6. jacob24787, Certainly seems like a long time, right? Incredibly confusing, I'm sure. Everyone responds differently and alcohol can do some complicated things to the brain. Giving it some more time, especially if you're starting to see improvement again, is a good plan. Keep sharing your journey!
  7. Hi Numbnumb, Thank you for sharing and welcome to DF - I am sure you will find support in this great community. And Happy Birthday! It is certainly understandable that you would isolate given the reasons you describe. You clearly recognize the potential consequences of this, but when loss is a regular occurrence in someone's life, initiating and maintaining friendships can be extremely tough - seemingly dangerous, at times. But you seem plenty insightful and are in treatment, which are both great signs that will prove advantageous as you continue to recover. I wish you the very best and hope you find DF helpful. I look forward to hearing more from you!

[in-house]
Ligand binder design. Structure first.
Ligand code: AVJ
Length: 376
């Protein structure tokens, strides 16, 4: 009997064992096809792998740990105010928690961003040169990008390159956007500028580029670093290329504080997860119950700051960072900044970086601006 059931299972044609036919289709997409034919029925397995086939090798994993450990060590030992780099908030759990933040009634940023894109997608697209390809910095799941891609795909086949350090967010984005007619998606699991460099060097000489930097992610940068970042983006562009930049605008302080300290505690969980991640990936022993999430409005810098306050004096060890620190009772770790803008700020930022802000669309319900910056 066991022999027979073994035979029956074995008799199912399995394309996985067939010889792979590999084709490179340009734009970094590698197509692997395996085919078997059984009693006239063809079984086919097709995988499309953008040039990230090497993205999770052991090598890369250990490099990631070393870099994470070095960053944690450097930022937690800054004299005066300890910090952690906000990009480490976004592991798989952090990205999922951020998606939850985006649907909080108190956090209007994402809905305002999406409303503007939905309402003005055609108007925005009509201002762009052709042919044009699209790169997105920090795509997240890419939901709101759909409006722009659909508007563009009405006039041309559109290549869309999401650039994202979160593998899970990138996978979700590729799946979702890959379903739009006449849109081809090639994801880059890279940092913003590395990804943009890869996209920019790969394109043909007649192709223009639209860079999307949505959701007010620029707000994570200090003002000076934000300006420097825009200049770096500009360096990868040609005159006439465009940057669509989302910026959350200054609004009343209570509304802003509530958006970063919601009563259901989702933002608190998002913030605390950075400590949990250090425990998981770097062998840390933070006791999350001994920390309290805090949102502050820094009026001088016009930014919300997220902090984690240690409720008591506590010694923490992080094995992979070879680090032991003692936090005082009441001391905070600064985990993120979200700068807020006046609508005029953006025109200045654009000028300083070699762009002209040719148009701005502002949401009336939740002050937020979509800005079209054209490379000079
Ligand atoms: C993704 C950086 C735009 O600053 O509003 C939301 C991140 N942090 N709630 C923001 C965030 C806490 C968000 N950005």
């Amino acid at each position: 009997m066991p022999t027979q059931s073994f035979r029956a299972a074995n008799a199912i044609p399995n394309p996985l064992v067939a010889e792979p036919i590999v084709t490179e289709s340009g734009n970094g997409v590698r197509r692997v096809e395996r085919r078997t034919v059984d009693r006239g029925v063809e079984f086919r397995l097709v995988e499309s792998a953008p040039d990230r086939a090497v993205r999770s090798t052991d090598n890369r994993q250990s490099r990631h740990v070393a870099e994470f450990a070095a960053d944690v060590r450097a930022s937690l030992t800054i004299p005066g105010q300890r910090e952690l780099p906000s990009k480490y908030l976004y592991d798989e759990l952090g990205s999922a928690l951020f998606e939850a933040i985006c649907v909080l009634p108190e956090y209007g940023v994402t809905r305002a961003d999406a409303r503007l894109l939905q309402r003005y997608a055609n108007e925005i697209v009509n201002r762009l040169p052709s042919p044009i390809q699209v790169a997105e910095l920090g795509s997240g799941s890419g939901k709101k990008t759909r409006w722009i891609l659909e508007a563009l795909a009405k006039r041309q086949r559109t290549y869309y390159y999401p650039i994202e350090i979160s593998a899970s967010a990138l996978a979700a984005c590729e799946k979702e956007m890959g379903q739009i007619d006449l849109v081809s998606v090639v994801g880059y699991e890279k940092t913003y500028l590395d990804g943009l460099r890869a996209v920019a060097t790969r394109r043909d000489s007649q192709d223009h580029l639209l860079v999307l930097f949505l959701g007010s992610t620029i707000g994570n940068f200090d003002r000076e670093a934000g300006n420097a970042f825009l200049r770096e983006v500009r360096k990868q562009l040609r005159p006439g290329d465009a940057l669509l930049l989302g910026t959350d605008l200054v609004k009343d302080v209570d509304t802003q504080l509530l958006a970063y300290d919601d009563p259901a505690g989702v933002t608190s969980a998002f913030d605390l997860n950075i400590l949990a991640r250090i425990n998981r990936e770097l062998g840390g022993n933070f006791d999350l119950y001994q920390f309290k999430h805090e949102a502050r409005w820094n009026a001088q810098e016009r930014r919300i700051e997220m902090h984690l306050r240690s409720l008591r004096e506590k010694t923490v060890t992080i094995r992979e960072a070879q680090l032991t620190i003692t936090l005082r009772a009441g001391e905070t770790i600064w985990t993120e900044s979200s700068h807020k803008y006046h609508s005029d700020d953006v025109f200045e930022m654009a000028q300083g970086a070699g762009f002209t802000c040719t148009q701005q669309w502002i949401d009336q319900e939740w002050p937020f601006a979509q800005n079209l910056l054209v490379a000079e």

8. Hi Codadz, I am so sorry to hear about your long and complicated struggles with accurate diagnosis and treatment. I can only imagine that this is incredibly frustrating and burdensome. I'd be interested to hear what happened at your psychiatry appointment. It is an unfortunate reality that our treatments and diagnostic abilities are limited by our knowledge of the brain and the techniques used to assess it. While different providers may draw different conclusions, they are also likely utilizing knowledge from the previous ones. There is uncertainty regarding the neurology appointments, and the ophthalmologist did not discover problems during his/her examination. Online searches can certainly be helpful and allow for patient autonomy in their healthcare, but can also lead to conclusions that are inaccurate and extremely rare. Each individual presents with unique histories that affects his/her likelihood of developing certain syndromes or side effects. This is why your providers will always know best - your history is a necessary part of the diagnostic process. Have you been told to visit an endocrinologist? This may help to further rule out thyroid issues (implicated in depression) or other issues that may be related to immune system (also implicated in myasthenia gravis). I hope this helps in some fashion. I hope to hear more from you!